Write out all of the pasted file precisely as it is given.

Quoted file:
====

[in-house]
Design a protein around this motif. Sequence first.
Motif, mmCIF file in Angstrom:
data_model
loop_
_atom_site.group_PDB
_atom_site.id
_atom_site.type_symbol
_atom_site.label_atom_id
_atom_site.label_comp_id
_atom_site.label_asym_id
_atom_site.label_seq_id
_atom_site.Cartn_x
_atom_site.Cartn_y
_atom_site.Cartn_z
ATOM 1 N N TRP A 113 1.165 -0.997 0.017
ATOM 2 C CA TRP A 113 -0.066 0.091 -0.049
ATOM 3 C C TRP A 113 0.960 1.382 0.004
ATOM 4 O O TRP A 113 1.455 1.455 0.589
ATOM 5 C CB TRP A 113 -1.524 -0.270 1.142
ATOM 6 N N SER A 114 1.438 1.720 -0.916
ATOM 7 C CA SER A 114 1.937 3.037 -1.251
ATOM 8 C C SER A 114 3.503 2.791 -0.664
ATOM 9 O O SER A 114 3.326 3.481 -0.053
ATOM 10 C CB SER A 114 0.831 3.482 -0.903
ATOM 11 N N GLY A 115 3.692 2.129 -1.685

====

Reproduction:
[in-house]
Design a protein around this motif. Sequence first.
Motif, mmCIF file in Angstrom:
data_model
loop_
_atom_site.group_PDB
_atom_site.id
_atom_site.type_symbol
_atom_site.label_atom_id
_atom_site.label_comp_id
_atom_site.label_asym_id
_atom_site.label_seq_id
_atom_site.Cartn_x
_atom_site.Cartn_y
_atom_site.Cartn_z
ATOM 1 N N TRP A 113 1.165 -0.997 0.017
ATOM 2 C CA TRP A 113 -0.066 0.091 -0.049
ATOM 3 C C TRP A 113 0.960 1.382 0.004
ATOM 4 O O TRP A 113 1.455 1.455 0.589
ATOM 5 C CB TRP A 113 -1.524 -0.270 1.142
ATOM 6 N N SER A 114 1.438 1.720 -0.916
ATOM 7 C CA SER A 114 1.937 3.037 -1.251
ATOM 8 C C SER A 114 3.503 2.791 -0.664
ATOM 9 O O SER A 114 3.326 3.481 -0.053
ATOM 10 C CB SER A 114 0.831 3.482 -0.903
ATOM 11 N N GLY A 115 3.692 2.129 -1.685